Florida Week 36

Urban butterflying in coastal Florida can be quite productive - in fact several target species were waiting for me in the streets of Miami.  At the Fairchild Tropical Gardens, Statira sulphurs roamed flower beds with Cloudless sulphurs, Dina yellows, and Zebra longwings.  Adult Atala hairstreaks were not flying, but larvae (photo below) and pupae were abundant in the hostplant Coontie beds in these same gardens.  In nearby Homestead, several Pink-spot sulphurs nectared on firebush in a city park, just minutes before a torrential downpour drowned out the rest of my day.  

Enroute to the Everglades, a Bartram’s Scrub-hairstreak landed briefly for a hurried photo before voracious mosquitoes chased me into my car at Navy Wells Preserve.  Mosquitoes and heat shortened my walks on Everglades trails, where I missed the Florida leafwing yet again at Long Pine Key.  (Thanks Mark and Holly Salvato for precise directions to several of the above species!)

The Kissimmee Prairie Preserve in central Florida is known for its fall banquet of skippers - in my case up to nine new species were possible.  But trouble loomed as I entered the park.  Some flowers were bloomimg, but roadside ditches and trails were filled with water.  In the office I learned that recent heavy rains had flooded many trails and fields, so I was going to get wet.  Knee-deep in water, I watched from a distance as a few orange Palmetto skippers graced blue-spiked flowerheads with an occasional Berry’s skipper.  On dry ground, a single dark, diminutive Neamathla skipper flew low in the grass in an open field.  But I could find no other new species . .  am I too early?  Are conditions too wet?  I may return in October.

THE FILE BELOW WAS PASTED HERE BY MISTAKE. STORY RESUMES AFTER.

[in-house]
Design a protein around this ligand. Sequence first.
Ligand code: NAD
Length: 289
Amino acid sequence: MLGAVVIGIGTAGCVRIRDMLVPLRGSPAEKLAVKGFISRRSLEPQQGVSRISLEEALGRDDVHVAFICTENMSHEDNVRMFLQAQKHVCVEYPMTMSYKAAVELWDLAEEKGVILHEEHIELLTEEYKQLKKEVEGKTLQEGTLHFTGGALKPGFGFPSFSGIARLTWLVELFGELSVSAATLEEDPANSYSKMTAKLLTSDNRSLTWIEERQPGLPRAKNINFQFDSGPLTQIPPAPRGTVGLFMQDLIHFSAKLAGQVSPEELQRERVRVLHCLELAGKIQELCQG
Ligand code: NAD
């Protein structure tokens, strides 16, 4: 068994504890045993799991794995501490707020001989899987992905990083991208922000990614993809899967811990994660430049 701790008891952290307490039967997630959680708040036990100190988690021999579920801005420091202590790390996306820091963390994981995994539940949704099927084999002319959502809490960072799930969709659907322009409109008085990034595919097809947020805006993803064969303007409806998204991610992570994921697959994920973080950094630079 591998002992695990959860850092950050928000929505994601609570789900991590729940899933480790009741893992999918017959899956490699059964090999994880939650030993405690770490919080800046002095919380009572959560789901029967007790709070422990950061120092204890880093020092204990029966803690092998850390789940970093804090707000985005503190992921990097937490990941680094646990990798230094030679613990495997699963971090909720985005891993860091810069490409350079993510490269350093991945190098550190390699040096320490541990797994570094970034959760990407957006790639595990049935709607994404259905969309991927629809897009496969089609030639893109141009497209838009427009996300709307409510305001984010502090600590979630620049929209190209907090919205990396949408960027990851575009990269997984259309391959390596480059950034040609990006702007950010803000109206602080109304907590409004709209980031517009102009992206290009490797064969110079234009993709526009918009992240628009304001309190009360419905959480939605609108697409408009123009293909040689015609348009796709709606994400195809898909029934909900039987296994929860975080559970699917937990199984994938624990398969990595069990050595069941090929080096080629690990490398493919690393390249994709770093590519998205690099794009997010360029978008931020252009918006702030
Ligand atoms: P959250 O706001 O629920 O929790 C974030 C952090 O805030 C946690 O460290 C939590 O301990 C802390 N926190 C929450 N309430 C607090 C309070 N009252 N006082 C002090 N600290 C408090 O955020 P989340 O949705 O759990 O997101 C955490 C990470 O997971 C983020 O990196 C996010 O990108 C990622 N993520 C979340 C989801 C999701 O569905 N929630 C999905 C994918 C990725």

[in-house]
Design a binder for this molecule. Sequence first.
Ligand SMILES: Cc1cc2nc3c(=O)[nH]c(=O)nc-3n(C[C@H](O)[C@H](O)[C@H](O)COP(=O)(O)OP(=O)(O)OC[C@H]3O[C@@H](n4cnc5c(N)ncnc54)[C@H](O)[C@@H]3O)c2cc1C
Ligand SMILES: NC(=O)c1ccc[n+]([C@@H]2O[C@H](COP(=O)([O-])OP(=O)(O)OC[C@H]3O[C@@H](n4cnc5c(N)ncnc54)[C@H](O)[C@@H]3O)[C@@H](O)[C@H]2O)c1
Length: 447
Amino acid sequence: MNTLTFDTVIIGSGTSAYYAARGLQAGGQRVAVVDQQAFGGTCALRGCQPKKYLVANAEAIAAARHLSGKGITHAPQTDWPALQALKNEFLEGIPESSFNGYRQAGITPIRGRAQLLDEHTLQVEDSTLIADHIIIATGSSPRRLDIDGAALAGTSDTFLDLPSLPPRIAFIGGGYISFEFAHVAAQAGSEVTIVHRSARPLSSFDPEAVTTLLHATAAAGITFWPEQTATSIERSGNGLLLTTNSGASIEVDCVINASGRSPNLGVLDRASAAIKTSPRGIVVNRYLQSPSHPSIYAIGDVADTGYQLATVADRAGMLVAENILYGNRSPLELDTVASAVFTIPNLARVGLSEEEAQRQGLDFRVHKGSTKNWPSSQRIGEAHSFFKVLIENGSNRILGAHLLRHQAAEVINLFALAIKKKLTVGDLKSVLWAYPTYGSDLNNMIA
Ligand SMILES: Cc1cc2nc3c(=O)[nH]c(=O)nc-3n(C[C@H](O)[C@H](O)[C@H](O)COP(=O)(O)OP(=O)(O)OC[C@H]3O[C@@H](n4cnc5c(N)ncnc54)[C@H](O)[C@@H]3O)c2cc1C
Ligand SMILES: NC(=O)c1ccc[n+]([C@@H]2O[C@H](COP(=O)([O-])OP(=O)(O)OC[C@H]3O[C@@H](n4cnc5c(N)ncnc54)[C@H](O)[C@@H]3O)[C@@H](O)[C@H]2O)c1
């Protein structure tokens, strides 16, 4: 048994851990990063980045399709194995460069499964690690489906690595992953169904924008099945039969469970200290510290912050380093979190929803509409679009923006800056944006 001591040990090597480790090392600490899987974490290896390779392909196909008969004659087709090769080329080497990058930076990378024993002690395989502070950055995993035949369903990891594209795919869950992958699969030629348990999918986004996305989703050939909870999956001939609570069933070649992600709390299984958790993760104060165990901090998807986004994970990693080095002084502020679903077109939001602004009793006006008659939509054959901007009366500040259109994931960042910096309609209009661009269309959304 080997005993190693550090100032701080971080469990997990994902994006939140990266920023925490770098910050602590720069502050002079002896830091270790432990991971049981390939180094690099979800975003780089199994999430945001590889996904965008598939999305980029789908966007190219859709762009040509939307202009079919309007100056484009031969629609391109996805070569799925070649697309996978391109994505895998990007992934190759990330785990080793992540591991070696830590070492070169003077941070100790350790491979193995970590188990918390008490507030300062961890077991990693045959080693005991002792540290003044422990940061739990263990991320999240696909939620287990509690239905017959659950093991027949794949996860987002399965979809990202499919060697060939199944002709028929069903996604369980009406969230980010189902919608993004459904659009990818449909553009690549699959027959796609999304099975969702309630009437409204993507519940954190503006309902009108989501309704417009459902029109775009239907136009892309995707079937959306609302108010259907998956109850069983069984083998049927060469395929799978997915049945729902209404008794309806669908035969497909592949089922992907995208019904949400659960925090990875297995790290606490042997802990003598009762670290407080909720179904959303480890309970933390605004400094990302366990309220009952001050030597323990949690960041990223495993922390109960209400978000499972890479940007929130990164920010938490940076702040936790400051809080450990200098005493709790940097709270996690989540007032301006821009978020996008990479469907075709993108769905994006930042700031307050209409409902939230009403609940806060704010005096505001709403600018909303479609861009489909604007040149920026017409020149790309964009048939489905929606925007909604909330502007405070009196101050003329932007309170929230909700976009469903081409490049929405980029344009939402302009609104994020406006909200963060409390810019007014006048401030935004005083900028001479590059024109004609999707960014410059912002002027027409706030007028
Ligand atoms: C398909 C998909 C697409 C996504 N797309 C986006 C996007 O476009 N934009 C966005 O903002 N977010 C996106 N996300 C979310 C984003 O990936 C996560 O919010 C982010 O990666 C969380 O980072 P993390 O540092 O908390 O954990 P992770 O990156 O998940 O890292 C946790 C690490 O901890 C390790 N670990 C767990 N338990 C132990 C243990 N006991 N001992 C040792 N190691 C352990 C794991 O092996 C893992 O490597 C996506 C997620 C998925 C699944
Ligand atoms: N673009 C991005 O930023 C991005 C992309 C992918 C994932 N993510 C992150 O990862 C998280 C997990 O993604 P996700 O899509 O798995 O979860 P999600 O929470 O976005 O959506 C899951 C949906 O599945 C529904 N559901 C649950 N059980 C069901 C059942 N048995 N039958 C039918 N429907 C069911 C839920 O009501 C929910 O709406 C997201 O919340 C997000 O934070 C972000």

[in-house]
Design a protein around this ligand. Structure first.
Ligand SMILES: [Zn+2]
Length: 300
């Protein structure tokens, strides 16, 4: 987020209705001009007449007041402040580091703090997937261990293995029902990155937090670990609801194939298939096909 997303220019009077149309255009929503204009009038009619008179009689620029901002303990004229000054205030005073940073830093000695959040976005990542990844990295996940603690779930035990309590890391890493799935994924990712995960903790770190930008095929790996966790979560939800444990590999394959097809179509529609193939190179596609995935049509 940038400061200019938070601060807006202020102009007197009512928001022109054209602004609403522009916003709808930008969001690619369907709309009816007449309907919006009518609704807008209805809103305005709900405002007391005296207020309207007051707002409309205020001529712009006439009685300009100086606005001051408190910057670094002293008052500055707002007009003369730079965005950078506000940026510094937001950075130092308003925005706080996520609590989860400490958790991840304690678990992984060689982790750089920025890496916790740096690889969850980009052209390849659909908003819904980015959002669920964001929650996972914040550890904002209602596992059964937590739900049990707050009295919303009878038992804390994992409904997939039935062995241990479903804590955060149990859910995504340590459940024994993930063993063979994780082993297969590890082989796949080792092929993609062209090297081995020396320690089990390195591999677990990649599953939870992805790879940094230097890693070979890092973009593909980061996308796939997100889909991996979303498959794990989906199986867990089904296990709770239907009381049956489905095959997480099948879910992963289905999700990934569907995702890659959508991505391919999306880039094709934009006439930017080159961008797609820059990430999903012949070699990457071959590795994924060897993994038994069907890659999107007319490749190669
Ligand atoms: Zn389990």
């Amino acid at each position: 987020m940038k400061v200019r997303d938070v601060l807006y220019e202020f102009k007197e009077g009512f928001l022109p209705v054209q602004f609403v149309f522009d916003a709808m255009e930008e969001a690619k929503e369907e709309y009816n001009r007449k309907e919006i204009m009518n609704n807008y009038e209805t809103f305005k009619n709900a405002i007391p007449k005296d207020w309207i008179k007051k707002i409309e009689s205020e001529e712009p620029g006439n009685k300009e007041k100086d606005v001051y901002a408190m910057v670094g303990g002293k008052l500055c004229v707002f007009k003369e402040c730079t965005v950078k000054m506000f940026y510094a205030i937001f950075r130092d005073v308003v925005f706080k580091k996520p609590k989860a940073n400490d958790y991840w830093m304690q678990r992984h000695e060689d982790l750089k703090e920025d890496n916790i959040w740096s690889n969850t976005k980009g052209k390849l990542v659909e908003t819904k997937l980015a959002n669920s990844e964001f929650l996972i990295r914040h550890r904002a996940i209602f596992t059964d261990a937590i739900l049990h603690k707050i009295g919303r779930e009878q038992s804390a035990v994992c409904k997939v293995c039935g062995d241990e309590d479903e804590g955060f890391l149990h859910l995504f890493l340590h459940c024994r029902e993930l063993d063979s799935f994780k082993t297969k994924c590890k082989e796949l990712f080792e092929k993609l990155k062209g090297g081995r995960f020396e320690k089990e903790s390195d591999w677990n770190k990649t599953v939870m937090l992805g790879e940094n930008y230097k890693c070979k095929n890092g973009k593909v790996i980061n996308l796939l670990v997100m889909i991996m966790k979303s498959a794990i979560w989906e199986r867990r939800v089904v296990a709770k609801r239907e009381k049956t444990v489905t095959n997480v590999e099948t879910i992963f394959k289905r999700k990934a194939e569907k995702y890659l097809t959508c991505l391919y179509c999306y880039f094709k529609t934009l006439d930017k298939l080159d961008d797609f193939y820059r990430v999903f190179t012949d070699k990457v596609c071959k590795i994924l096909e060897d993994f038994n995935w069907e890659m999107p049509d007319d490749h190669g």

You’re right, they’re not butterflies!  While searching for Bartram’s scrub-hairstreak at Navy Wells, two moths (below) sharing a red-and-white, black-and-blue theme simply screamed to be photographed.  (Addendum: blog-followers Deb and Bill Marsh of Ohio have responded with a name (Faithful Beauty) for the first pictured moth below; also, thanks to Chuck Sexton and John Kern for ID of the 2nd moth, Polka Dot Wasp Moth, Syntomedia epilais).

New Species:  7        Total trip species:  475           Species Photographed:  462


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Atala hairstreak larvae, Fairchild Tropical gardens, Miami, FL

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Pink-spot sulphur, Modello wayside park, Homestead, FL

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Bartram’s scrub-hairstreak, Navy Wells Preserve, Florida City, FL

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Faithful Beauty, Navy Wells Preserve, Florida City, FL

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Polka Dot Wasp Moth, Syntomedia epilais, Navy Wells Preserve, Florida City, FL


© Chris Tenney 2014